Then, life interfered: shortly after receiving the commission and creating the plans for the film, my father was diagnosed with a rare, untreatable cancer. Three months later he was gone. I felt I could no longer write the piece I'd planned to write. Reeling from the shock and pain of his loss, my initial conception of a nostalgic exploration of childhood and memory was now suffused with melancholy and angst. In thinking about my father's life — all its joys and tragedies, triumphs and injustices — the material grew darker and more personal. My reflections on small-town North Carolina also became more complex — it was a place that signified warmth, home, and belonging for me, but it had also borne witness to terrible events in our nation's history and was culturally steeped in many narrow ways of thinking, narrowness that was not without tragic impact on my family. My feelings about North Carolina were complicated, particularly vis-à-vis my father's life, and that emotional complexity kept tugging at my musical impulses.

Mark's and my thinking about the film changed, too: we had initially envisioned an abstract poem of town and landscape, but Mark now suggested we bring humanity into it. I let Mark have free rein and what evolved was a dreamlike recasting of my father's and my memories of childhood in small-town North Carolina, featuring my own children, my uncle (my father's identical twin), and close family friends.

Ultimately, Hiraeth is both elegy and personal reflection — an exploration of the hazy, dreamlike textures and sensations that attend nostalgia and recollection, and a meditation on the nature of memory itself. At times I consciously strove to emulate the logic and architecture of memory — motifs overlap in evolving ways, thoughts wander and interrupt one another. Frequently, one memory, with a specific set of emotional evocations, is layered with the color and perfume of another — harmonically, motivically, or texturally. Mostly I just tried to immerse myself in my own hiraeth for this time and space I can't return to, and give voice to what rose to the surface.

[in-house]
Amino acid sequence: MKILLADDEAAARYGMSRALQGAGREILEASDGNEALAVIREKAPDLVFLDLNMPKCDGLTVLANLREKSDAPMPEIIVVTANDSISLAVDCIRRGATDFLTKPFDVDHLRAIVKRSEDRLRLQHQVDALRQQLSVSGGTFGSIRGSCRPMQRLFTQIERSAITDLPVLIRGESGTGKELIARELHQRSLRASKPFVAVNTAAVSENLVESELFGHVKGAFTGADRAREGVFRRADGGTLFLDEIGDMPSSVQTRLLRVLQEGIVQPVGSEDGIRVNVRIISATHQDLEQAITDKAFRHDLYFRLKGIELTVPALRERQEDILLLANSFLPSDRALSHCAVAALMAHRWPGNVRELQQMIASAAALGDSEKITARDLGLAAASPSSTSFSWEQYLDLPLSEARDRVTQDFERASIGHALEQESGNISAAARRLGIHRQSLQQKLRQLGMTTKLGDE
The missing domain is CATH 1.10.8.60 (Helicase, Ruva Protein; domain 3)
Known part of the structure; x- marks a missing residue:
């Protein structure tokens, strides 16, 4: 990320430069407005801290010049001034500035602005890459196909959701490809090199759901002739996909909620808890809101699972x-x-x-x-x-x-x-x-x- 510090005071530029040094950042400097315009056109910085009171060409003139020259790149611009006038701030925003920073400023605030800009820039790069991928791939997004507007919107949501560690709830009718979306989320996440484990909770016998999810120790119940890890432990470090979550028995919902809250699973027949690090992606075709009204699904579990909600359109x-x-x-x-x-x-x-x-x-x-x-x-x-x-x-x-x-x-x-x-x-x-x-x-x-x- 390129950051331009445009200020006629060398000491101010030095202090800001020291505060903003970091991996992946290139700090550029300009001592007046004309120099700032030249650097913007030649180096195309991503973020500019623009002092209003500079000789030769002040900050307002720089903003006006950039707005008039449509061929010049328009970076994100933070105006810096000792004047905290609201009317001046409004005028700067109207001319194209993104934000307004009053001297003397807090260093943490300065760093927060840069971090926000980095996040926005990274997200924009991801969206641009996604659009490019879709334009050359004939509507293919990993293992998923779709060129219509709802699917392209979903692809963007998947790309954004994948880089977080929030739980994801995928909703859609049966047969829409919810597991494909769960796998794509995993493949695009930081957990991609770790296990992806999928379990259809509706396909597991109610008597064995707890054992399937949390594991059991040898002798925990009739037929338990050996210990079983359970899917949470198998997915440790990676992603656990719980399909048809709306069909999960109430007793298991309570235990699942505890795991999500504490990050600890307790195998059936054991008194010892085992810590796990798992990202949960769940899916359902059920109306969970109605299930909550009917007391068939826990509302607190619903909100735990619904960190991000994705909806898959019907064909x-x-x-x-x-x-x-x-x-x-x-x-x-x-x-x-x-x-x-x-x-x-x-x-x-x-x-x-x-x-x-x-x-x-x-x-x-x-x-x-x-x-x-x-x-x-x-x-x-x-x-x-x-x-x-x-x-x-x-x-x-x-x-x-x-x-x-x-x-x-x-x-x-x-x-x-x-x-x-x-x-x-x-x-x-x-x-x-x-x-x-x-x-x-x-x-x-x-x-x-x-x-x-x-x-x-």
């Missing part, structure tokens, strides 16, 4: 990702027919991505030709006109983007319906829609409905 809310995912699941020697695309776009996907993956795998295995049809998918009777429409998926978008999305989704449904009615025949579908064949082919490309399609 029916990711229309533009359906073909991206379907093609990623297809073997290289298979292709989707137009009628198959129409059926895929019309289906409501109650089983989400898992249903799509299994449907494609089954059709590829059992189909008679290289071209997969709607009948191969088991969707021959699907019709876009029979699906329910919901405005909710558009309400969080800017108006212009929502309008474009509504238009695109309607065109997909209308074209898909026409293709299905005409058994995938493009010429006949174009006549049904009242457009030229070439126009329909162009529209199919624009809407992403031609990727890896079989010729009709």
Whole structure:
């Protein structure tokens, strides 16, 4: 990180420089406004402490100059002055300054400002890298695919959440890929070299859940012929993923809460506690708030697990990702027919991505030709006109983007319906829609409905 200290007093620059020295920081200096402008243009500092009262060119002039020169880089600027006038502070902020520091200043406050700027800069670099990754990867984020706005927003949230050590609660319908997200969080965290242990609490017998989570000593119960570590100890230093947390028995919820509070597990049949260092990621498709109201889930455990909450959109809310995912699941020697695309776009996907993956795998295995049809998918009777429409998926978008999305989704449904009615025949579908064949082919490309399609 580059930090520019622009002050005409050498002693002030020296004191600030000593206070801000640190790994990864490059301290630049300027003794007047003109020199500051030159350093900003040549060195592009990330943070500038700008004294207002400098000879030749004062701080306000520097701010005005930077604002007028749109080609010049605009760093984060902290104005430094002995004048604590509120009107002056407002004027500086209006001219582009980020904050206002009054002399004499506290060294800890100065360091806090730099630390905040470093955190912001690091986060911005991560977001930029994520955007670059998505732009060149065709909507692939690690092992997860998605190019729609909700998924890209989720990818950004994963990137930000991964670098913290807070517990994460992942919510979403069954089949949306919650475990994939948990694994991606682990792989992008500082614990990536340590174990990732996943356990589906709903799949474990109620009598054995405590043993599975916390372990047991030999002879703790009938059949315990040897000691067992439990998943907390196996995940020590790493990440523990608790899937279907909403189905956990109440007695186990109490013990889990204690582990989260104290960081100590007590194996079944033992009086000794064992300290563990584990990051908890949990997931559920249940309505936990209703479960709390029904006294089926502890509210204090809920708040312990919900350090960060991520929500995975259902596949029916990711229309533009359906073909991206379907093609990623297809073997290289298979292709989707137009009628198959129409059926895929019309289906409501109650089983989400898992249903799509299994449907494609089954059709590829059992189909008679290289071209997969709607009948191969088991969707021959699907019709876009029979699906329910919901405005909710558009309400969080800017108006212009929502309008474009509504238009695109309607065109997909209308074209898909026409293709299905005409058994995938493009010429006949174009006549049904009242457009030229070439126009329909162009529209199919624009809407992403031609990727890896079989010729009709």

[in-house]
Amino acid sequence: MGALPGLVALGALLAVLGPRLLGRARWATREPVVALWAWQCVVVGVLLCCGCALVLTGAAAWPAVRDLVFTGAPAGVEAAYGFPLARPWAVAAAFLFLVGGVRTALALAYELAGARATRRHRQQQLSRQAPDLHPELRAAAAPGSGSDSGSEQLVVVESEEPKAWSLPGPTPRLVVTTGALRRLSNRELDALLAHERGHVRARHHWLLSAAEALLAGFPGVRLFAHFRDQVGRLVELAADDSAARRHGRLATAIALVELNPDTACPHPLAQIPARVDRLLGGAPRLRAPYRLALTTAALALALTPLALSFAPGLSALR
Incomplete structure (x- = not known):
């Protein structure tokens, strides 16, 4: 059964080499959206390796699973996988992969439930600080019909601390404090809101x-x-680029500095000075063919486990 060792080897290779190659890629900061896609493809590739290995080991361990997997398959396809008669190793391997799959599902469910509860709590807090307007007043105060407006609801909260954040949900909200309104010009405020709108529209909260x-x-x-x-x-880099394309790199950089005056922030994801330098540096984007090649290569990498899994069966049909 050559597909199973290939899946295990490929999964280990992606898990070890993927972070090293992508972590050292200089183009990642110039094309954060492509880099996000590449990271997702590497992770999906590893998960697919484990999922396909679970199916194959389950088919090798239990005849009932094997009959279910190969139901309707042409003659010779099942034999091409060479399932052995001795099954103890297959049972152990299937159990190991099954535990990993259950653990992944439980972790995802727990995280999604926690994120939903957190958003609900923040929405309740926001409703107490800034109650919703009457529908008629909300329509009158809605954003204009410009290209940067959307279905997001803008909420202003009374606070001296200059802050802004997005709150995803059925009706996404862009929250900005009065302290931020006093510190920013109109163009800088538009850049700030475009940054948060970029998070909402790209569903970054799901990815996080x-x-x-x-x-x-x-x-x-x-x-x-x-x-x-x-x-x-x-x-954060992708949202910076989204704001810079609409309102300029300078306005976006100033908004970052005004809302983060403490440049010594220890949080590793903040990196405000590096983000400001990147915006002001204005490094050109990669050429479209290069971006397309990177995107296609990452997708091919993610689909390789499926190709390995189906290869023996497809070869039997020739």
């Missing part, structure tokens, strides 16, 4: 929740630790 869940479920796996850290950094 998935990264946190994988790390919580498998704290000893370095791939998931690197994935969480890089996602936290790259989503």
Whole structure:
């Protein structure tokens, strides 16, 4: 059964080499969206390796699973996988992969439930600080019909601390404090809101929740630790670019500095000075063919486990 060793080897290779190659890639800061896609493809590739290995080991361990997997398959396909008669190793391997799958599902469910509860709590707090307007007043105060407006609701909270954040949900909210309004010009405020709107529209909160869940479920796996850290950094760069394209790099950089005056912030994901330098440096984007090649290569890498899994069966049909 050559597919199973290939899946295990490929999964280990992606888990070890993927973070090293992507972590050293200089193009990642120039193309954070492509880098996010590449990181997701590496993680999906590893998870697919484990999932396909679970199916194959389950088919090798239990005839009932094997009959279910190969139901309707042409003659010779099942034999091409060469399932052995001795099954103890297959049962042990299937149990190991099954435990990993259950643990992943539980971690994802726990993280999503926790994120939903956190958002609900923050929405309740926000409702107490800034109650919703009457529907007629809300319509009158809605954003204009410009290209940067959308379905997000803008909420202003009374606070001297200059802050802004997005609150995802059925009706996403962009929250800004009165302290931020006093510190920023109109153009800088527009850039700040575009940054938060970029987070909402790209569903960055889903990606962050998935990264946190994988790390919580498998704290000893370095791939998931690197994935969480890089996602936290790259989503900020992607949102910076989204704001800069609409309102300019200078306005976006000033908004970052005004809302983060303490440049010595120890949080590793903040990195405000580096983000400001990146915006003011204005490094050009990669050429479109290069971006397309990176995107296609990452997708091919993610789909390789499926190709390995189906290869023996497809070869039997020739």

— Sarah Kirkland Snider

About the film for Hiraeth:
DeChiazza's film, which partners with live performance of composer Sarah Kirkland Snider's 27-minute orchestral work Hiraeth, aims to realize moments that never existed — rarefied memories from an imagined childhood. The film's imagery could be understood as an intricate collage of invented home movies — an idealized and amped-up version of dad's old super-8s.